Technology Helps FBI Unravel Criminal/Terrorist Networks
Finding the Missing Links
Technology Helps FBI Unravel Criminal and Terrorist Networks
It’s said that success often depends on ”who you know.” For criminals, it can be their undoing. Try as they might to hide behind phony phone numbers, fake names, and bogus credit cards, new technology can pick up their tracks and use evidence of their social networks, money trails, and phone trees to nail their true identities.
Take the case of the missing Saddam Hussein, hiding in a remote lair in 2003. How was he located? Largely by tracing his ties to others through a technology called network analysis. Likewise, the hunt for snipers terrorizing the D.C. area was narrowed using the same technology. In the case of the “Virginia Jihad Network,” a group of 11 Northern Virginia men who trained for war against the U.S. in the days after 9/11, FBI analysts used link-analysis technology to visualize the connections between members as a pyramid, with the group’s leader, Ali al-Timimi, at the top.
“From there, we wanted to see how strong the connections were and how they were connected to each other,” said Dawn, an intelligence analyst who worked this last case. She plugged in photos of the suspects, along with their phone records and a raft of other clues culled from databases and gathered by agents. The software revealed patterns and connections illustrating a vivid and intricate web of links among the accused jihadists. The picture helped crystallize al-Timimi’s place at the center the organization. He was sentenced earlier this month to life in prison.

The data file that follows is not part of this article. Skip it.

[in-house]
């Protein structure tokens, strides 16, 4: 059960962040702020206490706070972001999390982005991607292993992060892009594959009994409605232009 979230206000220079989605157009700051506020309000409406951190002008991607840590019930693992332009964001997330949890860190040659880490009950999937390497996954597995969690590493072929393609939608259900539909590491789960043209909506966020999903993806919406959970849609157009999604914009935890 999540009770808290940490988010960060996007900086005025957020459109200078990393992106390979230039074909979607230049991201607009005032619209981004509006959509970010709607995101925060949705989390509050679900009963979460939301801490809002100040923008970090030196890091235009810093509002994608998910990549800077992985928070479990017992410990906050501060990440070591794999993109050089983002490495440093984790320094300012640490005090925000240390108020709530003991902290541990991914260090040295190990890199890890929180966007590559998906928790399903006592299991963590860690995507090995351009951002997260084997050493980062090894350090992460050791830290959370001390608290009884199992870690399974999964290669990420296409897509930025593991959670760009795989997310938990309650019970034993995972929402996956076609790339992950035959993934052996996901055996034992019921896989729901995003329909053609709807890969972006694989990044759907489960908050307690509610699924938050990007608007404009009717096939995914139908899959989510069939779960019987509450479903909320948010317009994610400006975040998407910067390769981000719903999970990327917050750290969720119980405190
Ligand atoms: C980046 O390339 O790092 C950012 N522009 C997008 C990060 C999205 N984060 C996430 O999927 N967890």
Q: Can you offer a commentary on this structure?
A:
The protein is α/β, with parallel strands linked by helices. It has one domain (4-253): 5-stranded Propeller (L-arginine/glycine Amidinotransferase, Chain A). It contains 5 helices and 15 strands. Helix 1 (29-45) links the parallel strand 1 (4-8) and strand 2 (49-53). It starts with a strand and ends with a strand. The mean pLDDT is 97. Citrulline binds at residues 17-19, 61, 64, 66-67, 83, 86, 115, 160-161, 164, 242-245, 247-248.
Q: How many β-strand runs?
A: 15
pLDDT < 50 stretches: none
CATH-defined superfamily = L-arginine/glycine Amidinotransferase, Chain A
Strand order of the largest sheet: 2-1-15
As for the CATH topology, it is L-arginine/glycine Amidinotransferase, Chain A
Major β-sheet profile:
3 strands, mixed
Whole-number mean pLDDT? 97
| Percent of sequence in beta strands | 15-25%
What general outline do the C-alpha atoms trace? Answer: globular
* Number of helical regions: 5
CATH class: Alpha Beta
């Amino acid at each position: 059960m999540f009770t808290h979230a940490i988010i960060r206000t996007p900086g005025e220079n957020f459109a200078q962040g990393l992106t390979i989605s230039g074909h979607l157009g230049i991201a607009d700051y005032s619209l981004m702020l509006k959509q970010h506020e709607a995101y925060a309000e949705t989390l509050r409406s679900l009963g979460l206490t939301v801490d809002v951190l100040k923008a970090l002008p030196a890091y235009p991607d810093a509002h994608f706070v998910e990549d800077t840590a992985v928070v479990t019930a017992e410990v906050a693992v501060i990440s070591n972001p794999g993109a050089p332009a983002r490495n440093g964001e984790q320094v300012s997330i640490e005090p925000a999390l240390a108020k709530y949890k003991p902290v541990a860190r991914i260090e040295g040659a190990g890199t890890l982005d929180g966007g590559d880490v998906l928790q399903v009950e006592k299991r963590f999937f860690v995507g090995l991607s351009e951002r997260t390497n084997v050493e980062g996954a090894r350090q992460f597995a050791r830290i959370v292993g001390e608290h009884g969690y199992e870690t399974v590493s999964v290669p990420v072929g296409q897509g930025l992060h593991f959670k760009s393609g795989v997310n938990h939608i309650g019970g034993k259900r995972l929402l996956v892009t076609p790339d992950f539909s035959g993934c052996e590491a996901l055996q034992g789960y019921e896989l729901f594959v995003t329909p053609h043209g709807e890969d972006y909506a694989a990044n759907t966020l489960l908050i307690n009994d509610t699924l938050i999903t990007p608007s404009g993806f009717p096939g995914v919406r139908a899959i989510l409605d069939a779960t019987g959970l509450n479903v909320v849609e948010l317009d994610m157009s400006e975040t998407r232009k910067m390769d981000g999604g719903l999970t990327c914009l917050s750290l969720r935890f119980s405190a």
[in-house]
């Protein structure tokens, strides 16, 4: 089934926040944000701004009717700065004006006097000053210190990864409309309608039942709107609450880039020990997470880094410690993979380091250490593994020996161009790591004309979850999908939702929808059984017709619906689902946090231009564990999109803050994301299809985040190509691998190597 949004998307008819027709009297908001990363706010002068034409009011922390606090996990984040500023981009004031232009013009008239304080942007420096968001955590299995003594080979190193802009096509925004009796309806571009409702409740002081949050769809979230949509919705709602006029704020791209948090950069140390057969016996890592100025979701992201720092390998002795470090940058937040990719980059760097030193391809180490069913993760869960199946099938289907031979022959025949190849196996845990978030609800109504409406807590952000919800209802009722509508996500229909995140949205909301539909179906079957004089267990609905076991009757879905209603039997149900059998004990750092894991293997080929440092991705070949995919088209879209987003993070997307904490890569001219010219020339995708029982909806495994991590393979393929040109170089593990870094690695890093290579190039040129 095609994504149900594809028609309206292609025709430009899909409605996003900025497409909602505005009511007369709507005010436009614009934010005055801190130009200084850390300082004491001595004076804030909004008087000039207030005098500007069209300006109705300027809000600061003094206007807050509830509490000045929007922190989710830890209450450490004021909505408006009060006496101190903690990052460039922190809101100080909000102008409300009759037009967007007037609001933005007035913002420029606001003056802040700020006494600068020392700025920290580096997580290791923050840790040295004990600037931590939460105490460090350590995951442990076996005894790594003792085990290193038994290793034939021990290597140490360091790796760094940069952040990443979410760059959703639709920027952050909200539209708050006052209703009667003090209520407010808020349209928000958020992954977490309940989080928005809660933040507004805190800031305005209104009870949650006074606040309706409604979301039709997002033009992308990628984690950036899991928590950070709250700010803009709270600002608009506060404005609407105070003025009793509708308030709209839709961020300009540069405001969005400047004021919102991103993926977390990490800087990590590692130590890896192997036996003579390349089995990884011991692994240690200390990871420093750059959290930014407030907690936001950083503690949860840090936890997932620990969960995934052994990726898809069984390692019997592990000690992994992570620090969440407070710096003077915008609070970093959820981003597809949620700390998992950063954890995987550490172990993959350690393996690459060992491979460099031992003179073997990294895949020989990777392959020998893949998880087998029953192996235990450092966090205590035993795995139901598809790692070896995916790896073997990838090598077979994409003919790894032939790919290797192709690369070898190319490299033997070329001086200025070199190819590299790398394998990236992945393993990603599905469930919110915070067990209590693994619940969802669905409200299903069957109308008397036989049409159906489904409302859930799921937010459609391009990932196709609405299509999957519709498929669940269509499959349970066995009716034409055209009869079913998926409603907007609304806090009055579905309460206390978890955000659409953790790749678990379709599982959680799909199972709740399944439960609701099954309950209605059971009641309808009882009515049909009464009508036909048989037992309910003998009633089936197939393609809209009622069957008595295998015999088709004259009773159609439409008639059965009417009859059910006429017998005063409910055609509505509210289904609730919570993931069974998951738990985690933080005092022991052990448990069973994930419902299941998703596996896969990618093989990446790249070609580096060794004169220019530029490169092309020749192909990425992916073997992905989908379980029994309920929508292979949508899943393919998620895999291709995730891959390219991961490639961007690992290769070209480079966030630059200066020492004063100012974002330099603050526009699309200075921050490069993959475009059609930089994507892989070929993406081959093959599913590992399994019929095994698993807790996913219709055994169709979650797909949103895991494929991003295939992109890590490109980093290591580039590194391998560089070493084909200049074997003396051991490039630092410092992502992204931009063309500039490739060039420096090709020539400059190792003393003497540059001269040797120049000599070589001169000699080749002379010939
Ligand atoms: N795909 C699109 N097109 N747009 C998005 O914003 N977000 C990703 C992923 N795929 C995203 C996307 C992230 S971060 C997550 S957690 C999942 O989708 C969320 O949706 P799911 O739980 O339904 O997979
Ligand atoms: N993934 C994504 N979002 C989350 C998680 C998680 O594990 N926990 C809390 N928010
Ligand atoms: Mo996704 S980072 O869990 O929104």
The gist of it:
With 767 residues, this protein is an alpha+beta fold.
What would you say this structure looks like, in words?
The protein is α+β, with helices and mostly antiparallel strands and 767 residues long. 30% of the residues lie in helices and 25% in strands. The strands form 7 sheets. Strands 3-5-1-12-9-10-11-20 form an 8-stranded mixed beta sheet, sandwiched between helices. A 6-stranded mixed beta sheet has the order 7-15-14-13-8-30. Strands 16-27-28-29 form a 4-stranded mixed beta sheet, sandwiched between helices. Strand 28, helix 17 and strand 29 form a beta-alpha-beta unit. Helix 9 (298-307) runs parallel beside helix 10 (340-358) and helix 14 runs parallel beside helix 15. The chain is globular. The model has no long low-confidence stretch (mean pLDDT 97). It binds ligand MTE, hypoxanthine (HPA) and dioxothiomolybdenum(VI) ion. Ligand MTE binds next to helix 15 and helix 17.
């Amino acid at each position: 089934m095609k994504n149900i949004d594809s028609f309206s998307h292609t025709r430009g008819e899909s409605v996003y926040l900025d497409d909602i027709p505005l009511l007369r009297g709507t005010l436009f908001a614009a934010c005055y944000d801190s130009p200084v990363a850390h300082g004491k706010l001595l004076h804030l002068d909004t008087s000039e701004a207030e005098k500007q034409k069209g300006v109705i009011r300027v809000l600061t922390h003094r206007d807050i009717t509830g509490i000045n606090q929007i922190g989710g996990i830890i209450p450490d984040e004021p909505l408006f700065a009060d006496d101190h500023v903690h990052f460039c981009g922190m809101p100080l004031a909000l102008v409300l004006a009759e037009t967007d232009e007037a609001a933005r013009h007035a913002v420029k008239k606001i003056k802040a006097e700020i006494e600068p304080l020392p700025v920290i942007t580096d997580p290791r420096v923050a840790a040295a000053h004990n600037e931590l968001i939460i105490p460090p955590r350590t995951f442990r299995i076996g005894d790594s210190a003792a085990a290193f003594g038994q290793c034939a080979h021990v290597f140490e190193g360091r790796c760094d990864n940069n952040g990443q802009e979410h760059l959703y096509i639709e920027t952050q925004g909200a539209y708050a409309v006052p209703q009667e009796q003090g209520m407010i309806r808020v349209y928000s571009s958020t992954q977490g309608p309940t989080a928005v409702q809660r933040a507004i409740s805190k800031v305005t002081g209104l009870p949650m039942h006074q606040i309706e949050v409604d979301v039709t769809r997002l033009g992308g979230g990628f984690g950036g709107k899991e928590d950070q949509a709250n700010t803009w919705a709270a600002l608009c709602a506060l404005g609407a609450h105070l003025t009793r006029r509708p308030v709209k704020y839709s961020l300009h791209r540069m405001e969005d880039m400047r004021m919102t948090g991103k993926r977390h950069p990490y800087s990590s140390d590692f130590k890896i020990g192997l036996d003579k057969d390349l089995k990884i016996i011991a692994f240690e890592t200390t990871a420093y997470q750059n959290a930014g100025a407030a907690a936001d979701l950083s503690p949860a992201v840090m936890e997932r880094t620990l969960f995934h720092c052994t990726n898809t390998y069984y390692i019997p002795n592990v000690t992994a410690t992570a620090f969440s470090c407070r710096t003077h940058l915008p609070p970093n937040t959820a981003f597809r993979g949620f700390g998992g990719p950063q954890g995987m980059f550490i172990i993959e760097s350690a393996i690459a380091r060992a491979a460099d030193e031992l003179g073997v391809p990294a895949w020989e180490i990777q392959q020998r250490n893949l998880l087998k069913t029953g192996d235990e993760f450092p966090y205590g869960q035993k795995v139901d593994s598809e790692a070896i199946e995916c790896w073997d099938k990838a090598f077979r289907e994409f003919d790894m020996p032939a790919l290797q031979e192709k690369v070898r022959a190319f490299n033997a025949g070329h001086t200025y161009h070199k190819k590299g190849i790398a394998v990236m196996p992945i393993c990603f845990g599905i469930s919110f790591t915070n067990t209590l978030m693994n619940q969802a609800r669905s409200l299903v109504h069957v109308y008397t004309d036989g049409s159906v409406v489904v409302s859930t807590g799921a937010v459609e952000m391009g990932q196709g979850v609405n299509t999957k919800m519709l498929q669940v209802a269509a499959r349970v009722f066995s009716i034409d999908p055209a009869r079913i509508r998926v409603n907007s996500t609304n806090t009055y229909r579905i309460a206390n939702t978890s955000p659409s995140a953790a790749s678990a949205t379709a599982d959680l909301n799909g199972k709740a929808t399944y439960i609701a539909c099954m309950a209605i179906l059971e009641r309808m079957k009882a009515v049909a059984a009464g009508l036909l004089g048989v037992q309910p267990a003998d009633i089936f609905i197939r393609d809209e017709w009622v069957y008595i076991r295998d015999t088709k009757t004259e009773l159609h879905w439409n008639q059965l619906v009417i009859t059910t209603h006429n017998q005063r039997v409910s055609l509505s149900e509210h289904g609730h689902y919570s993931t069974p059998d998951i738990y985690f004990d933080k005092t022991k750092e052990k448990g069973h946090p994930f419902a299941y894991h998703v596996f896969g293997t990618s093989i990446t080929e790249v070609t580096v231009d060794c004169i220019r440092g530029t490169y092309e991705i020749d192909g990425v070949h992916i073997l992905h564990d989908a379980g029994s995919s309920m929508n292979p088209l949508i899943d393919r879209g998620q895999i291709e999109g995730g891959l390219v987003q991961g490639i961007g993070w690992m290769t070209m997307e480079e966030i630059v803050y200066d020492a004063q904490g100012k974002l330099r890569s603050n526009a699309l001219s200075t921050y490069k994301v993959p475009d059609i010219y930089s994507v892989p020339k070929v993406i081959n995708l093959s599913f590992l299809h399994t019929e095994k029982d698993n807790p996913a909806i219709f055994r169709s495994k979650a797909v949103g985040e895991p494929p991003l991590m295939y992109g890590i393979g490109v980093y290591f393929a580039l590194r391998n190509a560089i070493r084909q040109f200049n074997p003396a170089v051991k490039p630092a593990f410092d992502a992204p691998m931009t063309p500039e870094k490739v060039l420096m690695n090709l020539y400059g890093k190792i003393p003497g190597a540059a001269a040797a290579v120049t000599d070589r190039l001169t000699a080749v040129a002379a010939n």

“It’s just easier to get a sense of what’s going on if you can see a picture in front of you,” Dawn said. “It’s also a good tool if someone’s saying they didn’t know somebody.”
Studying a group’s social network for clues is not new to investigations—we’ve all seen mob bosses fall when underlings sing. What’s new is using technological tools to visually connect suspects.
“Any kind of number structure data you can get, it will link it together,” said Jack Israel, the FBI’s chief technology officer.
The Bureau licenses the software and trains all its intelligence analysts to use link analysis for intelligence and for investigations of everything from mortgage fraud to terror networks.
“It’s absolutely essential when we are trying to figure out a bad guy’s social network,” said Israel. “It shows you the network. And when you start taking apart the network, that’s when you can disrupt the operations.”